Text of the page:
A motor vehicle accident is terrifying primarily because of how it has the potential to cause serious injury or even death. (Anxiety over a potentially wrecked vehicle and the ripple effect of stress is not to be overlooked either.)

You can injure just about every part of your body in a car crash, so it’s critical to seek immediate medical attention. This is the only way to obtain a clear idea of your injuries, while also implementing a treatment strategy to help you recover.

These are among the most serious types of motor vehicle accident injuries:

  • Back and neck injuries: This can range from broken vertebrae to a herniated disc among a variety of other complications. In the most serious form, back and neck injuries can result in paralysis, which will change your life forever.
  • Brain injury: This also comes in many forms, ranging from a concussion to bleeding on the brain to a fractured skull. A brain injury can impact your overall level of health, such as your ability to hold down a job or communicate with others.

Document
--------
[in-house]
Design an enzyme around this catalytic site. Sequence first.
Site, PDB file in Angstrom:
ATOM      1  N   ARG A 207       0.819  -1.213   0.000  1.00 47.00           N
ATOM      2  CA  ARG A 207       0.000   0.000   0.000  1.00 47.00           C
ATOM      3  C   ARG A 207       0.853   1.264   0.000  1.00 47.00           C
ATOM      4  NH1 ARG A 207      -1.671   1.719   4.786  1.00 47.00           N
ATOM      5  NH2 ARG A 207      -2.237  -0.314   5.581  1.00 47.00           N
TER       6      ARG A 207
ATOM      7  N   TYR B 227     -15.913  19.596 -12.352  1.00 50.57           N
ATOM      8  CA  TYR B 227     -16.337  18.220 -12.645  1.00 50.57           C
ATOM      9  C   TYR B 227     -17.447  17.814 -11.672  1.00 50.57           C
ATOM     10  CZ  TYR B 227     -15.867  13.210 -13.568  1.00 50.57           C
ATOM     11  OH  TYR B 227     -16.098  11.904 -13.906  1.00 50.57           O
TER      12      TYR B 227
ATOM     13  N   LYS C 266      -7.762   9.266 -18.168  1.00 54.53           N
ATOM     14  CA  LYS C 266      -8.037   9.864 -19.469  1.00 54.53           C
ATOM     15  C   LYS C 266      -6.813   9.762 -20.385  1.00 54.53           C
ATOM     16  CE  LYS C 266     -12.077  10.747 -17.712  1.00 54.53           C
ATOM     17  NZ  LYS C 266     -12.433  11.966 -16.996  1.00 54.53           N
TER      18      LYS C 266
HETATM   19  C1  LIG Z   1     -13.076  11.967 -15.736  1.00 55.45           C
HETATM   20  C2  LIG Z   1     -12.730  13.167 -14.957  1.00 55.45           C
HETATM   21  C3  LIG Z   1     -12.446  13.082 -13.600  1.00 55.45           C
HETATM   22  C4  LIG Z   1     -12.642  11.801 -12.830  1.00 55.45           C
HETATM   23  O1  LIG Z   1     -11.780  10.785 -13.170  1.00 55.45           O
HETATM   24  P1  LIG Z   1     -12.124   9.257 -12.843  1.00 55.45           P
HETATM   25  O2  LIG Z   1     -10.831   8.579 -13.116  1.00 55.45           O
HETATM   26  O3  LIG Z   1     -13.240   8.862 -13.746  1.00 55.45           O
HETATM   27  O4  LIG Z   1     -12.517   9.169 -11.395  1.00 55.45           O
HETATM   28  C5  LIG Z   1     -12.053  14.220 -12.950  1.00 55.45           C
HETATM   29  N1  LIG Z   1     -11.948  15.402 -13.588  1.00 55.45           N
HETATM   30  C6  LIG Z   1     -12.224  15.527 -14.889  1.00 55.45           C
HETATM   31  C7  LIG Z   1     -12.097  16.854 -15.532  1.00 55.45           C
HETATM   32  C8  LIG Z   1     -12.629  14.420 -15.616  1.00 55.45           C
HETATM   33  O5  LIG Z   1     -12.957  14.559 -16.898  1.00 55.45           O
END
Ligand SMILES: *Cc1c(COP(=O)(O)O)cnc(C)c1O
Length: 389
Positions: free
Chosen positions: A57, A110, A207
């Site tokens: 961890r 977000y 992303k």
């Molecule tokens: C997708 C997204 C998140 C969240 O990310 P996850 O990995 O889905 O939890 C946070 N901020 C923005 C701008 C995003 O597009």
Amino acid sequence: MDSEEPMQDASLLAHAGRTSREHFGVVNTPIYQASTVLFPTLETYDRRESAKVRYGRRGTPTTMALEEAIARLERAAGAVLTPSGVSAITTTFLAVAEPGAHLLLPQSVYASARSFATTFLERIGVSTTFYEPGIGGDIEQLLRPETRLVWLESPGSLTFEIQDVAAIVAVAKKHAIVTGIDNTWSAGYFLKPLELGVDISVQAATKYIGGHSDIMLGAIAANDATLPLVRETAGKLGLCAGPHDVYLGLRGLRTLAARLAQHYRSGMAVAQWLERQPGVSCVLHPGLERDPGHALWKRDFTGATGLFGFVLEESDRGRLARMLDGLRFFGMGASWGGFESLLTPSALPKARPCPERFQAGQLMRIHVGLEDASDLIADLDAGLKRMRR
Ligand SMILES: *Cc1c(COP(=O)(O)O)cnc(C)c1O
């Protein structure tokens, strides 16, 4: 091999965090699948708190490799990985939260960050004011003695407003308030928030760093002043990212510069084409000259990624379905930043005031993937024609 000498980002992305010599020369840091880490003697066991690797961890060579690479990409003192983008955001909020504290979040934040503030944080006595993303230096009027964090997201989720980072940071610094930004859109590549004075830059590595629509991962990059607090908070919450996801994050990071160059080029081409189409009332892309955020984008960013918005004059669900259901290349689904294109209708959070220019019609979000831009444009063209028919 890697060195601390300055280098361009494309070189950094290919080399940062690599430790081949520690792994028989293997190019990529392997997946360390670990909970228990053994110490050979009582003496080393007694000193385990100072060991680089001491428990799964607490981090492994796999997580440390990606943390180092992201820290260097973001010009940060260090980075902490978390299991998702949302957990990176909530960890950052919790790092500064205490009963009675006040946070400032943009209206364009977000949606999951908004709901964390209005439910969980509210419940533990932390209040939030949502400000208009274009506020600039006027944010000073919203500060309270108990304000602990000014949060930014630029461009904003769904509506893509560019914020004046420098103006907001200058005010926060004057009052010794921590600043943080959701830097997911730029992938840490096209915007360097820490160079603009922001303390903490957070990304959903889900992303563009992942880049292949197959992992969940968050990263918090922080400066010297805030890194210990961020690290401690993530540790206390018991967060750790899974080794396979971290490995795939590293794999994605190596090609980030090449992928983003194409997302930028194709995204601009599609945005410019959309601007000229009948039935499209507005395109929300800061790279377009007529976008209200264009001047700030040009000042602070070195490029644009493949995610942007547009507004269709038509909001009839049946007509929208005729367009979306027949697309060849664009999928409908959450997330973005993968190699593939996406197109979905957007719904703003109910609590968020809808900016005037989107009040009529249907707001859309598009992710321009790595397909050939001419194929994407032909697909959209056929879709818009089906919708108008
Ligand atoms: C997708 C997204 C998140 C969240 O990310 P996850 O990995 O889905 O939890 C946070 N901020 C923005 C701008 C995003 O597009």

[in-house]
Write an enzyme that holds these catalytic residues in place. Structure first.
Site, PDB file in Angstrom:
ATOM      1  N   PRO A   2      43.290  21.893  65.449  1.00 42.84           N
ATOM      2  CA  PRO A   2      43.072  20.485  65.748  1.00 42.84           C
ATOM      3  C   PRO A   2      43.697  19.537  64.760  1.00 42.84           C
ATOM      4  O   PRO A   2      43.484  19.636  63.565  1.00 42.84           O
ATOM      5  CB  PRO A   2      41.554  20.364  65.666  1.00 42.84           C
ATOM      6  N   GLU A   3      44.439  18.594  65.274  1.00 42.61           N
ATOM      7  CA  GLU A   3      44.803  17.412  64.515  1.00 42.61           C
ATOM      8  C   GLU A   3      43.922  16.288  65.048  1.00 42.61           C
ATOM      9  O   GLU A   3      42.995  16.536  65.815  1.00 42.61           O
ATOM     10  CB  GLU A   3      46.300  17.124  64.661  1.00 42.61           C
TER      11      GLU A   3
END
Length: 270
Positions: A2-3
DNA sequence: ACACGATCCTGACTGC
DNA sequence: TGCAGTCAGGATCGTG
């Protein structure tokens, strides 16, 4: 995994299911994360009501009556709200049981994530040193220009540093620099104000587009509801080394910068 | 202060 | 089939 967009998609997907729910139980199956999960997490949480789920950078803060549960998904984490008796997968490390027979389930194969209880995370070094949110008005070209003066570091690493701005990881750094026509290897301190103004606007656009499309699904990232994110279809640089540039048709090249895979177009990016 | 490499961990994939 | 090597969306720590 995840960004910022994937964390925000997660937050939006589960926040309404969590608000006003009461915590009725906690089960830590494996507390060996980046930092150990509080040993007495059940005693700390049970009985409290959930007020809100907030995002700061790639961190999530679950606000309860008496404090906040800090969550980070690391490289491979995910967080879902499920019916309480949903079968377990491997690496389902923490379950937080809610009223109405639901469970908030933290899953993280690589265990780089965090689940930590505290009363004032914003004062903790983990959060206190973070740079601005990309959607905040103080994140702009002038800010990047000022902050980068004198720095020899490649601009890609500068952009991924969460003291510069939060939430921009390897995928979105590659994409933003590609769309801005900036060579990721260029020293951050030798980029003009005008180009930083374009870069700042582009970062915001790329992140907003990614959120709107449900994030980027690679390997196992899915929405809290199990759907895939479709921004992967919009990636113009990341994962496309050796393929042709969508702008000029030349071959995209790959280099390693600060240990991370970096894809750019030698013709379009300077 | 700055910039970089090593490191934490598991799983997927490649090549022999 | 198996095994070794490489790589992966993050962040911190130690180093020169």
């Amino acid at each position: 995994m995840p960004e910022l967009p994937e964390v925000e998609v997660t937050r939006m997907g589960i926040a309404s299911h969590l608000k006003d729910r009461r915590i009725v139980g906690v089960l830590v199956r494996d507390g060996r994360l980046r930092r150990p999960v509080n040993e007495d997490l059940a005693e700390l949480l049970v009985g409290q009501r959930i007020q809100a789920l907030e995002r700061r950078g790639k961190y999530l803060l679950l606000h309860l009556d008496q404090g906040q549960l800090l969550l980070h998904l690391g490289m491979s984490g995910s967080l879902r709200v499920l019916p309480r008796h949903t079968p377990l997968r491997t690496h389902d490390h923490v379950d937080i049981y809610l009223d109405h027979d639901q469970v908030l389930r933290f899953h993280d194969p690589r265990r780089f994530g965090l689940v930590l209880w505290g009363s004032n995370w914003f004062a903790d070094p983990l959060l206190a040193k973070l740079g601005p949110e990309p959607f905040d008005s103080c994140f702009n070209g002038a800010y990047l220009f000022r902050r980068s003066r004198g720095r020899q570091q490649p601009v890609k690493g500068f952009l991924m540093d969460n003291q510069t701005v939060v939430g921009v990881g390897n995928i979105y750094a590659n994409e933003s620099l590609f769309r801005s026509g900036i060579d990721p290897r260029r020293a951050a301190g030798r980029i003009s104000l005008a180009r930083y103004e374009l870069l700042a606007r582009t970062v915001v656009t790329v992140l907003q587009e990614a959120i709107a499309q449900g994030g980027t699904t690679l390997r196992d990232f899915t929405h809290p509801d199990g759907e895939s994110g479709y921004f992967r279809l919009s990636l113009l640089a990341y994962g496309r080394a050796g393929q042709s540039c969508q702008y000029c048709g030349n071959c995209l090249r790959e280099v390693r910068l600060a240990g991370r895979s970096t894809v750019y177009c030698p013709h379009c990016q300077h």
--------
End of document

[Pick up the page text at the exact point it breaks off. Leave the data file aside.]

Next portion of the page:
• Broken bones: The force exerted in a motor vehicle accident can result in broken bones from head to toe. This is a painful injury that requires immediate attention, long-term treatment and therapy.
  • Burn injuries: If your vehicle catches on fire as a result of the collision, you could be stuck inside until help arrives. And even if you’re able to escape on your own, you could still suffer burn injuries.
  • Lacerations and abrasions: These are common in all types of motor vehicle accidents, but particularly so in the event of ejection from your vehicle. Furthermore, if you’re riding a motorcycle, this type of injury is even more likely.

Even if you feel that you can walk away from the accident scene and treat yourself at home, it’s better to be safe than sorry. Some injuries, such as a concussion, don’t always present immediate symptoms.

You didn’t want to suffer a serious injury in a motor vehicle accident, but it’s the hand you were dealt. At that point, the best thing you can do is work closely with your medical team on a treatment and recovery plan. And as time and your health allows, you should also take steps to seek compensation from the negligent party.